ARL Weekly News – (April 15, 2024)

Upcoming Events

Open House at ATDD

As part of ARL’s 75th Anniversary celebrations, the Atmospheric Turbulence and Diffusion Division in Oak Ridge, TN, is hosting an open house event the week of April 22. Attendees will have the chance to talk to the scientists, engineers, and technicians conducting the research. Several stations set around the grounds will demonstrate the ways we gather data.

Recent Events

New HYSPLIT Version 1.7.25

National Weather Service HYSPLIT version 1.7.25 was deployed on April 18, 2024 to NOAA Web Operations Center. Compared with the previous version, the new version has lots of bug fixes to the graphical display and it supports use of training meteorology data for chemical ensemble runs and prescribed burns. This new version will prove useful for an upcoming NWS training for HYSPLIT.

Community Engagement

On April 15, John Kochendorfer visited Gresham Middle school to discuss ARL/ATDD research and the work of a scientist. He spoke to 5 separate classes, and a total of about 200 students.


United Forecast System Webinar

Dr. Patrick Campbell collaborated with Dr. Jiainping Huang (of NOAA EMC) on a two-part UFS-Webinar on April 11th, speaking on research and development of the NOAA’s Next-Generation Air Quality Model (UFS-AQM).  

Part I  Dr. Jianping Huang (NOAA EMC):  “The UFS-AQM Online Prediction System for Enhanced Wildfire Predictability”

The National Oceanic and Atmospheric Administration (NOAA) has developed an advanced regional air quality (AQ) forecasting system within the Unified Forecast System (UFS), aimed at improving the representation of wildfire emissions and their impact on air quality predictions. The system couples the Environmental Protection Agency’s (EPA) Community Multiscale Air Quality (CMAQ) model  with the UFS-based atmospheric model in an online mode, utilizing satellite-derived fire data, Regional Hourly Advanced Baseline Imager (ABI) and Visible Infrared Imaging Radiometer Suite (VIIRS) Emissions (RAVE), for calculating fire emissions. The UFS-AQM system has been approved to replace the existing operational prediction model.  In this presentation, I will provide an overview of the UFS-AQM online system. I will also present case studies demonstrating its superior performance in predicting particulate matter with a diameter less than 2.5 micrometers (PM2.5) and ozone (O3) concentrations during intense wildfire events in the summer of 2023. Furthermore, comprehensive evaluations of the UFS-AQM will be presented to demonstrate its readiness for operational implementation. Finally, I will outline future plans aimed at enhancing NOAA’s regional air quality prediction system further.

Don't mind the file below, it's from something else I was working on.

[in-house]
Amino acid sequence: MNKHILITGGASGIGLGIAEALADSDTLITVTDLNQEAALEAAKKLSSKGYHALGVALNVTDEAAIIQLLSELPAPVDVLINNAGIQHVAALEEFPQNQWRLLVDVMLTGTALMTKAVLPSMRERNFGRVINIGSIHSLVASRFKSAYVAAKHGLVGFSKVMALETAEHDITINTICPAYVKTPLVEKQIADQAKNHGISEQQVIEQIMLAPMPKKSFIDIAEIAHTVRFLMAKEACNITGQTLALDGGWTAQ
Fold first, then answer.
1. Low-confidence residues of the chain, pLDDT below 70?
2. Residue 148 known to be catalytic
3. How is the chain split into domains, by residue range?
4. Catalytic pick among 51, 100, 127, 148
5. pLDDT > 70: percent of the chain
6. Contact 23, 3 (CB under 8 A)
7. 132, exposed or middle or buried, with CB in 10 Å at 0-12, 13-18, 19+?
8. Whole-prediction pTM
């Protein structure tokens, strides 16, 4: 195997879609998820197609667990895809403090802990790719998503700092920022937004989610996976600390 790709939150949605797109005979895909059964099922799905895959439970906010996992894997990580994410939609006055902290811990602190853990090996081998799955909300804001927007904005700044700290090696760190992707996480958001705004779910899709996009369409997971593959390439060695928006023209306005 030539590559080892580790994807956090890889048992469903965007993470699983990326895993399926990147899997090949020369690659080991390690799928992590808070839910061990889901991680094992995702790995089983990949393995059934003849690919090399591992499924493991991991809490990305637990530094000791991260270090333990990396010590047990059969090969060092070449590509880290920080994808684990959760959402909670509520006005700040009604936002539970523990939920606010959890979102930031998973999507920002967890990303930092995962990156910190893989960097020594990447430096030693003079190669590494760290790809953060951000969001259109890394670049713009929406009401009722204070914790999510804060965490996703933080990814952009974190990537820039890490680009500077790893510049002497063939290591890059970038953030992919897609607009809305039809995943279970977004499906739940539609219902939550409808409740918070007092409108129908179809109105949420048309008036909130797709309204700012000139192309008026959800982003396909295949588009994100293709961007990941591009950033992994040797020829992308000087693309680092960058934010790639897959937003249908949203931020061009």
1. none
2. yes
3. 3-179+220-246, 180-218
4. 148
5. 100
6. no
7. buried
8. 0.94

Part II   Dr. Patrick Campbell (NOAA ARL):  “Ongoing Research and Developments for NOAA’s Next Generation Air Quality Model”

The next-generation Unified Forecast System Air Quality Model (UFS-AQM) has been developed at NOAA.  The UFS-AQM includes many novel advancements including a more flexible inline emissions modeling system and near real time, hourly biomass burning emissions that improve air quality predictions over the U.S. The UFS-AQM, however, is poised to benefit from recent scientific updates to its main chemical component (the Community Multiscale Air Quality model, i.e., CMAQ), as well as other research and developments to the emissions and air-surface exchange processes in the system.  Here we will present our work on major science updates to the UFS-AQM, which includes advancements to the chemistry, emissions, and air surface exchange processes such as atmosphere-biosphere interactions. 

European Geosciences Union General Assembly Poster Presentation

During EGU, Dr. Barry Baker presented a poster titled: “Advancements made to NOAA’s FENGSHA dust emission scheme within the Unified Forecast System with applications to regional air quality and subseasonal to seasonal forecasting

He was also part of five other presentations given by others, including:

Advancing NOAA’s Global Ensemble Forecast System (GEFS) through the Integration of Prognostic Aerosols 

Forecasting smoke and dust in NOAA’s next-generation high-resolution coupled numerical weather prediction model

Predicting Fire Aerosols and their Impact on Subseasonal to Seasonal Weather Forecasts in NOAA’s Global Aerosol Forecast Systems

Unifying Atmospheric Composition in the Unified Forecasting System Through UFS-Chem Development 

NOAA’s Next-Generation Air Quality Predictions for the United States